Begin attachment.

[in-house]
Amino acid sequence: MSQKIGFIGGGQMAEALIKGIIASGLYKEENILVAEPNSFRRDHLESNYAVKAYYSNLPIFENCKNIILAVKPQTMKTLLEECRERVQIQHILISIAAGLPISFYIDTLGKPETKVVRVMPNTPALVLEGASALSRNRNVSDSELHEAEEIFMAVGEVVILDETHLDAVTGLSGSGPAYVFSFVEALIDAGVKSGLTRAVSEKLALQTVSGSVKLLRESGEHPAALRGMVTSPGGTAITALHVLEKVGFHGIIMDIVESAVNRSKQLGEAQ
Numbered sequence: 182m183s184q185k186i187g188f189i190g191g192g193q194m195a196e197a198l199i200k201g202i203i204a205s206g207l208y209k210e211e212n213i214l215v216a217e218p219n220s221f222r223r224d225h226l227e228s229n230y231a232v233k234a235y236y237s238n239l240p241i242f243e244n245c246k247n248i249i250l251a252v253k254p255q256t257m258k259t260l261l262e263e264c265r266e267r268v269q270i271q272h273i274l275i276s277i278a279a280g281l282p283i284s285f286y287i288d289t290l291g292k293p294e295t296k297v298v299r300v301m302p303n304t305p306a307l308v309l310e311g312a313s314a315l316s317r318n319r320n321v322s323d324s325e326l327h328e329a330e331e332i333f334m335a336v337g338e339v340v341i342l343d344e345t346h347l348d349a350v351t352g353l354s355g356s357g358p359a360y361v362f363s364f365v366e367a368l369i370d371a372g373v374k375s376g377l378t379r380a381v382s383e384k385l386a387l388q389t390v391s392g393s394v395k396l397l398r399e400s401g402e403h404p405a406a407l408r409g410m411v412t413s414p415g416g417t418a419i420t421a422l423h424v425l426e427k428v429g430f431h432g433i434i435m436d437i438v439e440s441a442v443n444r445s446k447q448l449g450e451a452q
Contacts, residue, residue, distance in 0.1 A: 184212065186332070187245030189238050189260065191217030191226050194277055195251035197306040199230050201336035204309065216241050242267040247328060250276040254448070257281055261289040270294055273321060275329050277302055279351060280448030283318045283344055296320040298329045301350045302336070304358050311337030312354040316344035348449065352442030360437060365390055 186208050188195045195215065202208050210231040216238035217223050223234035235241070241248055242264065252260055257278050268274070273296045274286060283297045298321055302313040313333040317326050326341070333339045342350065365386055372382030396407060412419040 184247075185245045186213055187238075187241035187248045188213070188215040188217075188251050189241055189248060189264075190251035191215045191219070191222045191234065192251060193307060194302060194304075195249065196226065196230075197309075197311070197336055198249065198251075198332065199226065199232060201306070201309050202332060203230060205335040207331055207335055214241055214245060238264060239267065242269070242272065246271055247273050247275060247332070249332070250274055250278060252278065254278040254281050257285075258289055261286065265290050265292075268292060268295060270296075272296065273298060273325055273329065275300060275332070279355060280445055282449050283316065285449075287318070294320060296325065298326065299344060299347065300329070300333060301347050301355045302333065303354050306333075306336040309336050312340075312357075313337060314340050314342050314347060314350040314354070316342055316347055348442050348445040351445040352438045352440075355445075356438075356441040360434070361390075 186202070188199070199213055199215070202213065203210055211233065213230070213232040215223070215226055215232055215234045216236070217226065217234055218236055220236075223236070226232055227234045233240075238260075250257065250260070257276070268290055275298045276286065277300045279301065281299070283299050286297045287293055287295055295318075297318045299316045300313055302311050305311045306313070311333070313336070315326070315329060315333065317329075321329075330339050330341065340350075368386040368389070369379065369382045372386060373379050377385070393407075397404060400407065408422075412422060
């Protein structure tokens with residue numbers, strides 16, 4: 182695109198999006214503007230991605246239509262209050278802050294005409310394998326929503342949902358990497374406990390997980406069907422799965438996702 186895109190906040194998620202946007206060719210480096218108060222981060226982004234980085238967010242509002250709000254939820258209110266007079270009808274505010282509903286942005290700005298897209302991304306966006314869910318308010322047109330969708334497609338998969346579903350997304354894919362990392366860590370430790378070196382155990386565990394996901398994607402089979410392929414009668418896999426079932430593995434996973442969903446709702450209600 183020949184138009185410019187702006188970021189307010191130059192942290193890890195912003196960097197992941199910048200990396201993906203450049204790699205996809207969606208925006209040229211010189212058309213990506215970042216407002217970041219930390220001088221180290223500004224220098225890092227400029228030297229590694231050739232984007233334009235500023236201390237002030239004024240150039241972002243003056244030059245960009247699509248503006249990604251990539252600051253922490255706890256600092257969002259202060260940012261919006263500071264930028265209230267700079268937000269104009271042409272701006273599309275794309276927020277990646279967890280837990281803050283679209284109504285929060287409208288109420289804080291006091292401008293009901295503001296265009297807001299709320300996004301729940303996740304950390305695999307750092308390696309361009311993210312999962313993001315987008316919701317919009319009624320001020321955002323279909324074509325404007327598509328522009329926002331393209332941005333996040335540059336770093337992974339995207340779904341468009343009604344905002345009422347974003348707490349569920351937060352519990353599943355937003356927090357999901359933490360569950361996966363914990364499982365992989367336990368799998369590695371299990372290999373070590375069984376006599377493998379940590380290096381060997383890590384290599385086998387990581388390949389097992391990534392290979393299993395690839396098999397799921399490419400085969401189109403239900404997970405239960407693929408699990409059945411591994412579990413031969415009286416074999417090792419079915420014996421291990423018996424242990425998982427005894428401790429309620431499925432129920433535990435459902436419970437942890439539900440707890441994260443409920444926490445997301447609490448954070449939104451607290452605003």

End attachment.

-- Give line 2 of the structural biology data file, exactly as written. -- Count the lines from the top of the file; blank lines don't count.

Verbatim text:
Amino acid sequence: MSQKIGFIGGGQMAEALIKGIIASGLYKEENILVAEPNSFRRDHLESNYAVKAYYSNLPIFENCKNIILAVKPQTMKTLLEECRERVQIQHILISIAAGLPISFYIDTLGKPETKVVRVMPNTPALVLEGASALSRNRNVSDSELHEAEEIFMAVGEVVILDETHLDAVTGLSGSGPAYVFSFVEALIDAGVKSGLTRAVSEKLALQTVSGSVKLLRESGEHPAALRGMVTSPGGTAITALHVLEKVGFHGIIMDIVESAVNRSKQLGEAQ